Breast cancer is generally thought of as a disease that only affects women, but it’s not. Men can get breast cancer too. In the United States, roughly 1 percent of all breast cancer cases occur in men. While the chances of being diagnosed with breast cancer as a male are rare, it does unfortunately happen.
In fact, around 2,600 new cases of invasive breast cancer will involve men each year. While these cases may be small in comparison to women who are diagnosed with breast cancer, they are numerous enough for men to take note and to be aware of the warning signs, as well as how to check and diagnose this cancer.
What are the Symptoms?
Male breast cancer is most common in older men, but it can also affect men at any age. Here are some symptoms of male breast cancer:
An enlargement of both breasts, sometimes on one side, may also be due to gynecomastia, which is a common non-cancerous breast disorder that increases the size of the male breast tissue, which may be related to an imbalance of the hormones estrogen and testosterone, or other health issues. In most cases, gynecomastia is not a serious problem, but it may cause some physical and mental discomfort.
Types of Male Breast Cancer
Just as for women, there are several types of male breast cancer, some are not so common.
While researchers do not completely understand the causes of breast cancer in men, there are several factors which can increase the risk of getting it.
Diagnosing Male Breast Cancer
A physician will want to do a thorough clinical breast examination, locating any lumps or suspicious areas, and also get a better understanding of the patient’s family medical history. Should the patient have a family history with breast cancer and also provide symptoms that suggest this disease is present, there are several tests that may be used.
Breast Cancer Treatments
Treatments for male breast cancer are similar to treatments for women with breast cancer. Determining a treatment will involve considering several factors, such as the patient’s age, the stage of their cancer, their overall health and what preferences the patient may prefer. Treatments for men generally include surgery and may involve other treatments.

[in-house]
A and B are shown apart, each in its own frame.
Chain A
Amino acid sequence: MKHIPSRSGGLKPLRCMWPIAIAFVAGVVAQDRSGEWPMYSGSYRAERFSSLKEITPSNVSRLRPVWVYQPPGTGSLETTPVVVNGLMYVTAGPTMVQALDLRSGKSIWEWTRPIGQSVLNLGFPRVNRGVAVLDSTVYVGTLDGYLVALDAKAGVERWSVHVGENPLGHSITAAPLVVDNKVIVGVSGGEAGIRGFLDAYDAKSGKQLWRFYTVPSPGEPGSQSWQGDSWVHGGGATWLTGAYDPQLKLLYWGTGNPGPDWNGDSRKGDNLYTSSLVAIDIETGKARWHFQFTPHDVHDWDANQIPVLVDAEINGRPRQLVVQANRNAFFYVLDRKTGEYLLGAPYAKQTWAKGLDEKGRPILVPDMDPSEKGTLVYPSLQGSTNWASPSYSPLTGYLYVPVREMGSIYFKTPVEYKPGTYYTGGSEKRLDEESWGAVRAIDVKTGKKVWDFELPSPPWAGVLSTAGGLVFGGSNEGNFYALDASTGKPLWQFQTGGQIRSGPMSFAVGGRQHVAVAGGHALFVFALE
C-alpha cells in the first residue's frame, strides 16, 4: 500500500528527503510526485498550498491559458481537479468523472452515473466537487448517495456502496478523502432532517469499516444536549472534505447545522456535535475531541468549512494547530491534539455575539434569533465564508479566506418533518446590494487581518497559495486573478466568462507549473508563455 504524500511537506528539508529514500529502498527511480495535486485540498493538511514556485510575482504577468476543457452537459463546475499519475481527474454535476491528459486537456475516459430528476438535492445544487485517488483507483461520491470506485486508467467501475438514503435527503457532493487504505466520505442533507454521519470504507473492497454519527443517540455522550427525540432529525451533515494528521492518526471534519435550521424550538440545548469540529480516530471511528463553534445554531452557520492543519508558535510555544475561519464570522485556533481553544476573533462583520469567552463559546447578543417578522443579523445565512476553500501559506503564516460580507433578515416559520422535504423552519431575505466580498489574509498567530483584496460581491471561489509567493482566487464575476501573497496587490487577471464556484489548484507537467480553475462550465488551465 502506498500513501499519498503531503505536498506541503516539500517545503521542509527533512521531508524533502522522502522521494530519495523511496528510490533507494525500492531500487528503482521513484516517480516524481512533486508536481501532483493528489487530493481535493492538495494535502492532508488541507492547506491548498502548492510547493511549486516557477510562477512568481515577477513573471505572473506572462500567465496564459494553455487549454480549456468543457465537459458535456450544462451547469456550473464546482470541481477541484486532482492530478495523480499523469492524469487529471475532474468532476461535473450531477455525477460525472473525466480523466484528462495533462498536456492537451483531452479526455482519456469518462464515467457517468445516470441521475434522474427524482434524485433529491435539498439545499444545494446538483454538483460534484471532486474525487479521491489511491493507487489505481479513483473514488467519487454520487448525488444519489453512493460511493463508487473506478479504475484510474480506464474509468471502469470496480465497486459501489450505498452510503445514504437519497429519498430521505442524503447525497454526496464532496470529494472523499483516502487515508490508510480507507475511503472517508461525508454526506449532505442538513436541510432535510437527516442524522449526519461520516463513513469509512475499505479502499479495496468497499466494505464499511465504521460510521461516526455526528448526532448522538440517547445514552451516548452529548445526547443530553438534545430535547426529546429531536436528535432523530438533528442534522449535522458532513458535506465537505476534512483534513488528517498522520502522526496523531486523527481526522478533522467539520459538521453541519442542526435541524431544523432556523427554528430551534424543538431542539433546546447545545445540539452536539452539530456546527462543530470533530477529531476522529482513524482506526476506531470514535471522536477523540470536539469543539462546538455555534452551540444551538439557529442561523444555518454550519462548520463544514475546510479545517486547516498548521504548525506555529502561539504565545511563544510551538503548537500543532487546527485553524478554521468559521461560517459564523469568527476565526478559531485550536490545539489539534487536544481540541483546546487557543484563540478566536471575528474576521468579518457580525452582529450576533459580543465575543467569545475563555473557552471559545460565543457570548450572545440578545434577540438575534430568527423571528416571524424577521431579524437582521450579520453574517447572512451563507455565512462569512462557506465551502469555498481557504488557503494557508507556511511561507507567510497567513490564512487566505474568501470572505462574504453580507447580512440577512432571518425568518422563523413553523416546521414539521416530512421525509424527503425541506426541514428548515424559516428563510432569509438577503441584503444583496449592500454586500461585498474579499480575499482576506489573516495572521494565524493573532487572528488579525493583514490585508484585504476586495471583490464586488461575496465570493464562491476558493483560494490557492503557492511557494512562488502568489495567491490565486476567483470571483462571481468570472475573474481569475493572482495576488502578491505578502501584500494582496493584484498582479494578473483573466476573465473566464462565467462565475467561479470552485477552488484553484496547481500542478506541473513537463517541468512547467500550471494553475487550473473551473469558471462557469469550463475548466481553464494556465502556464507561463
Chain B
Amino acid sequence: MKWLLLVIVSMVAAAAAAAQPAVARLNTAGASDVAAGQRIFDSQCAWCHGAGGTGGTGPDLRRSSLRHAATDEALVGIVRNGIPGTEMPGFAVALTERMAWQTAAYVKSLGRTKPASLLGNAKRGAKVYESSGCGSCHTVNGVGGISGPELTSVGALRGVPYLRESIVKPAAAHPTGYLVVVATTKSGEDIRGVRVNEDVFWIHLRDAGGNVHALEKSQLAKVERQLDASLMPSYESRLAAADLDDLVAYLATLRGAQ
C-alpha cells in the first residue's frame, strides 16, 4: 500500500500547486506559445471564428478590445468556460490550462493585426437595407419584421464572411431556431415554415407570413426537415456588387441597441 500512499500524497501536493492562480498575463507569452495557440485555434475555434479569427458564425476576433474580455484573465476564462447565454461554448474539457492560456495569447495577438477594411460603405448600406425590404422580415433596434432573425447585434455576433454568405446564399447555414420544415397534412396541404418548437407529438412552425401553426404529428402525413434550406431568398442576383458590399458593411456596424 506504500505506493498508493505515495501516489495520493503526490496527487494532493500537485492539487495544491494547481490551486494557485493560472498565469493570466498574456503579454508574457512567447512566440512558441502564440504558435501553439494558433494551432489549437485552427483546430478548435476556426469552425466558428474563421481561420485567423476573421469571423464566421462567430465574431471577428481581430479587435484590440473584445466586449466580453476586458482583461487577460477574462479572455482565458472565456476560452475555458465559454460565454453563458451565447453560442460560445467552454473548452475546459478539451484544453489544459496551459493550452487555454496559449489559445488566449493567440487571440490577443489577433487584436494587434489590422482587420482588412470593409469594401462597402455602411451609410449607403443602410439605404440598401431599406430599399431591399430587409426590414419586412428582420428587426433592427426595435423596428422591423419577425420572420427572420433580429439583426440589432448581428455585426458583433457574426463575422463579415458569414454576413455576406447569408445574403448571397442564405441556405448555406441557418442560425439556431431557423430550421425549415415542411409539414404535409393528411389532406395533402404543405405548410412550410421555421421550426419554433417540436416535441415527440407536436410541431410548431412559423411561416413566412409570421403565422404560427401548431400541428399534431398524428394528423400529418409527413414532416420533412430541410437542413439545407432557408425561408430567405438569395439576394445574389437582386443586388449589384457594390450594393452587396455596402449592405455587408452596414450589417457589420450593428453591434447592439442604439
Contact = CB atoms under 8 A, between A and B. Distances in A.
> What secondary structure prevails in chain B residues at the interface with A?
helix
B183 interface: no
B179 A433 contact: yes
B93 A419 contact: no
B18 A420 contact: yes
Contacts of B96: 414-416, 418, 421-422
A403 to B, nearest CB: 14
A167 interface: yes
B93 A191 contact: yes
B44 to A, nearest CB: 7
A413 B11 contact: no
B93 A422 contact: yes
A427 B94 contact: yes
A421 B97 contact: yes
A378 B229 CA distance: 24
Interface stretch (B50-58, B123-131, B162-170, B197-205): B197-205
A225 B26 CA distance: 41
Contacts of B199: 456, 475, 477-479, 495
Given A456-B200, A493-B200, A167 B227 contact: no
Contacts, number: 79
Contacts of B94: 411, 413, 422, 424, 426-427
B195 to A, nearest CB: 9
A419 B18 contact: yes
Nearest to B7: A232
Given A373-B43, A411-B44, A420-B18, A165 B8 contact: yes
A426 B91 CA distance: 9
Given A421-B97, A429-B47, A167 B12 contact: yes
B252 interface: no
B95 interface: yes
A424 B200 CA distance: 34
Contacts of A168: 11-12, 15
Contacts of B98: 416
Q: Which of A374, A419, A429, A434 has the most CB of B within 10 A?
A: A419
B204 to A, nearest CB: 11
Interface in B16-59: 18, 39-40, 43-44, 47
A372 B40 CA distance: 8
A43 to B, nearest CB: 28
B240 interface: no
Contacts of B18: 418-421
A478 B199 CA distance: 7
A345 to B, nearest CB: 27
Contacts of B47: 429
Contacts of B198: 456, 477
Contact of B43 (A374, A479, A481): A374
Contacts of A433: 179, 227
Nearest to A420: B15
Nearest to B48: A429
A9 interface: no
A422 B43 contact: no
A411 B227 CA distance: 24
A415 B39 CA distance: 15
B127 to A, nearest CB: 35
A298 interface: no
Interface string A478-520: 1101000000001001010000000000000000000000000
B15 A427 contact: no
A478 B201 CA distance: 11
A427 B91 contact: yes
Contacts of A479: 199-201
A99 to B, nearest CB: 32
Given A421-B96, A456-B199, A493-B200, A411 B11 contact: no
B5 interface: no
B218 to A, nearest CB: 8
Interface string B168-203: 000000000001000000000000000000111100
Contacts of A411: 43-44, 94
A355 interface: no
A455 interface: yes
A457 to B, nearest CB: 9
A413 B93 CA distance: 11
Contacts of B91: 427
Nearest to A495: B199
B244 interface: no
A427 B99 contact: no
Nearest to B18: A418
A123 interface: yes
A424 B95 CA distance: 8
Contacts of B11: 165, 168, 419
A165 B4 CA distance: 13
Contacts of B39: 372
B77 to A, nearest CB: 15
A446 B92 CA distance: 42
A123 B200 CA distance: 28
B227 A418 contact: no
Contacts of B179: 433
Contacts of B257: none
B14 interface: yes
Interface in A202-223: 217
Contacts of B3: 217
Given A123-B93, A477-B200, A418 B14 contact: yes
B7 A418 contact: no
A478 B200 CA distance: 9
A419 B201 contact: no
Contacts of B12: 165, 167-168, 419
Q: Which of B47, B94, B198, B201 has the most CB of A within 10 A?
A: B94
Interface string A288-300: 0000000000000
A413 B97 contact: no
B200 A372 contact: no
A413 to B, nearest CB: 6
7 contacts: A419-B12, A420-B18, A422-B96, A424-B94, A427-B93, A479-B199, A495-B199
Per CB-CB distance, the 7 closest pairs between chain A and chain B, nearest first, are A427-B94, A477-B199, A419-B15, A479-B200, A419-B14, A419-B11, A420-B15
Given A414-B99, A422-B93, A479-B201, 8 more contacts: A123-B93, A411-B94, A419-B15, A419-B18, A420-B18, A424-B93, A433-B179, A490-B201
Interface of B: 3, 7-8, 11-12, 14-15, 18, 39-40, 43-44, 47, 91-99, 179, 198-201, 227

As with any type of cancer treatment, certain side effects may be involved. Your cancer care team will provide you with information about possible side effects for each type of treatment. It is important to let your team know about any side effects you may experience, such as those from chemotherapy, as there are ways to help ease the patient’s symptoms.
As is the case for women who are diagnosed with breast cancer, the successful treatment for this disease in men improves with early detection. Breast cancer in men is often diagnosed at a later stage. Perhaps it’s because some men may be embarrassed about a change in their breast or chest area and put off seeing a health provider.
Because the prognosis improves the sooner it can be diagnosed, it’s important for men to be aware of breast cancer for themselves and to know what symptoms to look for. If there are symptoms or changes in the breast, don’t delay in having your physician check it out. Survival is highest when breast cancer is found early.